Eleanor Hope-Jones is a rising talent to look out for. In her second penned play, Darlings, which previewed at the Alma Tavern in Bristol last week, she demonstrates a flair for colloquial writing that is both exacting and full of metaphorical substance.
The subject matter itself will perhaps appeal more to the twenty-something generation but the skills invested in both Hope-Jones’ writing and directing make it worth a watch.
The small cast are an able young crowd. Katie Anderson plays protagonist Eve, who lives up to her Biblical namesake’s downfall, having succumbed to temptation when in search of comfort from her unfulfilling life. In a simple but well used studio set, Eve’s garden of Eden roams about the spotless white bath tub around which the play centralises.
Growing up in the shadow of her father’s critique, that foreshadows a life of lustful sin, Eve is marked right from the innocent days of childhood. She grapples with her past and present selves and relationships with her father and ‘we’re not together’ ‘friend’, Gabriel, played by Toby Robertshaw. Wrestling with her imperfections, she attempts to escape the mould that her perfectionist father cast for her despite his recurring absence as she grew up.
She spends scenes climbing in and out of the tub attempting to cleanse herself and wash away Eve’s sins, her body, her mind and her loathed self-image. While the bath is a symbol of purity, the garden winds in the complexities of growth and maturity: references to the suggestively mundane, ‘adult’ task of cultivating an orchid finally defines her acceptance of her own relationship with sex.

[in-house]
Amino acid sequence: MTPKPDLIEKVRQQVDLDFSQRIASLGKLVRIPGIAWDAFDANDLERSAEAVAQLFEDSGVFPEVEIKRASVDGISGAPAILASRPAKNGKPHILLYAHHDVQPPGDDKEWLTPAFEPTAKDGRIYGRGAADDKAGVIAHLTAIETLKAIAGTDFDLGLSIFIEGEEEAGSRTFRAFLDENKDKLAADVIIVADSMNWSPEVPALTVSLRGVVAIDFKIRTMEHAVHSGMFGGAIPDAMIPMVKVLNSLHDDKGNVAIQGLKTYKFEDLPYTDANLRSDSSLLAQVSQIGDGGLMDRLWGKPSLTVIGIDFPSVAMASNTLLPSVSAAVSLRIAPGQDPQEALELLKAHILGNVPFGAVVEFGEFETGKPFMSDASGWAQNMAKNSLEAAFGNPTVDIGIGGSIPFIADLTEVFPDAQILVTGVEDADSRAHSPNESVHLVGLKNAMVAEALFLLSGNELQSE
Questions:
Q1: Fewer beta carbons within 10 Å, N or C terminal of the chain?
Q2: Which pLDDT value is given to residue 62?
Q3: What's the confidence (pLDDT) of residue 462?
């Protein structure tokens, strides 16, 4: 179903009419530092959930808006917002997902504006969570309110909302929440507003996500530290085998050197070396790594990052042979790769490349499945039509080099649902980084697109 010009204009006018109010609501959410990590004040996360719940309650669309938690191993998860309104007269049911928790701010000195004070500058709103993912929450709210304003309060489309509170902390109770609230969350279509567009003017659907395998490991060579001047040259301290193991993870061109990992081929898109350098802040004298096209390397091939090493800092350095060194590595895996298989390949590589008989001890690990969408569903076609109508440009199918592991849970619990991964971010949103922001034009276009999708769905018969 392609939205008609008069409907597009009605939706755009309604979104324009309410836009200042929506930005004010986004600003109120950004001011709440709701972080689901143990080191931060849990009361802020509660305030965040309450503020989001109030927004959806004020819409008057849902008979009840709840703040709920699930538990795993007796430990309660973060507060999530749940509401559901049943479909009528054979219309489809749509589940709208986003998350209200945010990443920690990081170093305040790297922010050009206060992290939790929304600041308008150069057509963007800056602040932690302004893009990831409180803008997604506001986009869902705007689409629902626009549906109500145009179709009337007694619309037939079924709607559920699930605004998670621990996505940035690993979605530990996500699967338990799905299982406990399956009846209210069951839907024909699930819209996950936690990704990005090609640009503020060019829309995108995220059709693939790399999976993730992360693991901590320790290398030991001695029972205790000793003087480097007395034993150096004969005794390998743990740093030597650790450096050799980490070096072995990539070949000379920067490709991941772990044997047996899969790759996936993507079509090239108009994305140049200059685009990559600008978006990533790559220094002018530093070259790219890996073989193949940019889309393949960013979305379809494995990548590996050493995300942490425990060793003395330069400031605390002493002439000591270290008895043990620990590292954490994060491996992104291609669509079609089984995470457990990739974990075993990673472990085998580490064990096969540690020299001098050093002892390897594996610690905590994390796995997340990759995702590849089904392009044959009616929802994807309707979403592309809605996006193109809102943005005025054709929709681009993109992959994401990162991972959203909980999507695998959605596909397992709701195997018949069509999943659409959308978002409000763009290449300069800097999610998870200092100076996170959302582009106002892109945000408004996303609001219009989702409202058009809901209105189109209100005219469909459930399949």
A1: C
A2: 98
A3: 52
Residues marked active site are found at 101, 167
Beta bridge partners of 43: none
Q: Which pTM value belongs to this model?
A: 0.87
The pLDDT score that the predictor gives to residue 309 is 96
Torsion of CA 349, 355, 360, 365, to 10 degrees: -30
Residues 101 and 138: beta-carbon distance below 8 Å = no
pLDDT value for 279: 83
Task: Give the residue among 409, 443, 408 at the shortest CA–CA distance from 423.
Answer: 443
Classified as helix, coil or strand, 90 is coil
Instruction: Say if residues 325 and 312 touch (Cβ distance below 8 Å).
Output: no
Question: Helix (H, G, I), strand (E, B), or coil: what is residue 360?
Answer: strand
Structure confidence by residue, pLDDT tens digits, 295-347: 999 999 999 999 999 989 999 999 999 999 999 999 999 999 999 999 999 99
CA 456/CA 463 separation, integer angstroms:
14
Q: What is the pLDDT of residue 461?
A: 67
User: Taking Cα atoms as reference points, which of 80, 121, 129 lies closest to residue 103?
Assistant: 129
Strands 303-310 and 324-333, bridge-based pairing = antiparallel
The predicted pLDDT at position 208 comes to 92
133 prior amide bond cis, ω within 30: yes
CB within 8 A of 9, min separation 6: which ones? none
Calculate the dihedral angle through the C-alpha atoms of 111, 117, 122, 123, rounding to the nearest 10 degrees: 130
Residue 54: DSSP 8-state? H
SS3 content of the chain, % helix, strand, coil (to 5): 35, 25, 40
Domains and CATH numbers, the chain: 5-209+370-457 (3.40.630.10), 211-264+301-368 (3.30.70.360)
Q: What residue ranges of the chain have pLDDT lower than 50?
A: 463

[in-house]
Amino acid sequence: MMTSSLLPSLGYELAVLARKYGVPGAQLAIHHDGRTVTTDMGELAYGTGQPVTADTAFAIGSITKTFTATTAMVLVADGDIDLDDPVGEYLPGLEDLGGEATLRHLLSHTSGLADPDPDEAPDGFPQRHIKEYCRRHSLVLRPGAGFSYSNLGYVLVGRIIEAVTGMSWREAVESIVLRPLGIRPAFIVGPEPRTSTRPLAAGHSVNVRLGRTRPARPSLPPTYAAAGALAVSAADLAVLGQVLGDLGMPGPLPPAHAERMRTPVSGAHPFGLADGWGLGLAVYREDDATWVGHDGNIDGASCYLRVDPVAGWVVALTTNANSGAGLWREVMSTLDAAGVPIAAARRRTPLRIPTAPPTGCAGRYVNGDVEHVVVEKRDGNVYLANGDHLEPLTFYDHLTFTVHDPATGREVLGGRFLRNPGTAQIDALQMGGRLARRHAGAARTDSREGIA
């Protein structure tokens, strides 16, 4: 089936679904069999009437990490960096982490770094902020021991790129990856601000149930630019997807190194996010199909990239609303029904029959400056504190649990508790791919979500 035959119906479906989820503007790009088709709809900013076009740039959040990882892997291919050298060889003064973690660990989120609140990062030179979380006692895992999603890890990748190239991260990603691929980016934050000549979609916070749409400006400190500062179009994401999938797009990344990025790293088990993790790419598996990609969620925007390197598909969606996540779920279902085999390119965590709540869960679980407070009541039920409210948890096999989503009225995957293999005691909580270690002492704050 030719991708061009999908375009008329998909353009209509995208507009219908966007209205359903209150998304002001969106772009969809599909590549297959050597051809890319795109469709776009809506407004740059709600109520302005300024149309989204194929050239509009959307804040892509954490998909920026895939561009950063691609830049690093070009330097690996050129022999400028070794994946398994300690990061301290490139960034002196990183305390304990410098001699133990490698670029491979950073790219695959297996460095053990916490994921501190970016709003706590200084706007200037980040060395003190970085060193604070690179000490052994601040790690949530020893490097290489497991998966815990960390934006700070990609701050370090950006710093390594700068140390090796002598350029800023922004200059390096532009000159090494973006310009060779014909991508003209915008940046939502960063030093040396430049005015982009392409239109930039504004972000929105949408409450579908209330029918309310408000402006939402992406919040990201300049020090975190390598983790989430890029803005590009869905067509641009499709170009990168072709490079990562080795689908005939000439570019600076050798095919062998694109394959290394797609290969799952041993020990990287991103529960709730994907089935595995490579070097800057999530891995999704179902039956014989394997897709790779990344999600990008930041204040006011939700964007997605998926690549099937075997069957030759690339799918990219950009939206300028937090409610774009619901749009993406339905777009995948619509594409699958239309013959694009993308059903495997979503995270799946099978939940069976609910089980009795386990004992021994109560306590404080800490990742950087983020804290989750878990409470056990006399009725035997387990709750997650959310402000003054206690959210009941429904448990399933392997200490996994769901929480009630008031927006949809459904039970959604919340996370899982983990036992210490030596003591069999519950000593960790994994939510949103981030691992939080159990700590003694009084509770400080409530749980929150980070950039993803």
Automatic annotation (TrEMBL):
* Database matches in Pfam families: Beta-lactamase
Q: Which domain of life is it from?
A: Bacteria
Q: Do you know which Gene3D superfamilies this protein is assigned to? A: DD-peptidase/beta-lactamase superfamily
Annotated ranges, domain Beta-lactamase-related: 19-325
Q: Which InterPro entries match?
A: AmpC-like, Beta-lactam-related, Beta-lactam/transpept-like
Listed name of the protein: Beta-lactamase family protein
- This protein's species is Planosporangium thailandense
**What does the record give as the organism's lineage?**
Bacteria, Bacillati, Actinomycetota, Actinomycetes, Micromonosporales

Anderson moves beautifully and has a great sensitivity to the music and time, using stillness effectively in her physical repertoire. Gabriel, unable to be the support that Eve covets, struggles with his own hangover from childhood experiences. Robertshaw and ‘third-wheel’ waitress, Annie Philbin, show good sensitivity in their interaction with the haunting puppets that convey these anxieties.
Philbin’s role is complex and sparks questions. She is both present and not present in Eve’s situation. An imagined threat to her relationship (with Gabriel) that Eve can’t get out of her head.
The actors are sharp, slick and well rehearsed although a little attention to greater naturalism in the delivery of the easy dialogue would add to the quality before the Edinburgh run.
Palomar Theatre can be found at C Aquila, Venue 21, in Edinburgh from 2 – 27 August (except the 14th).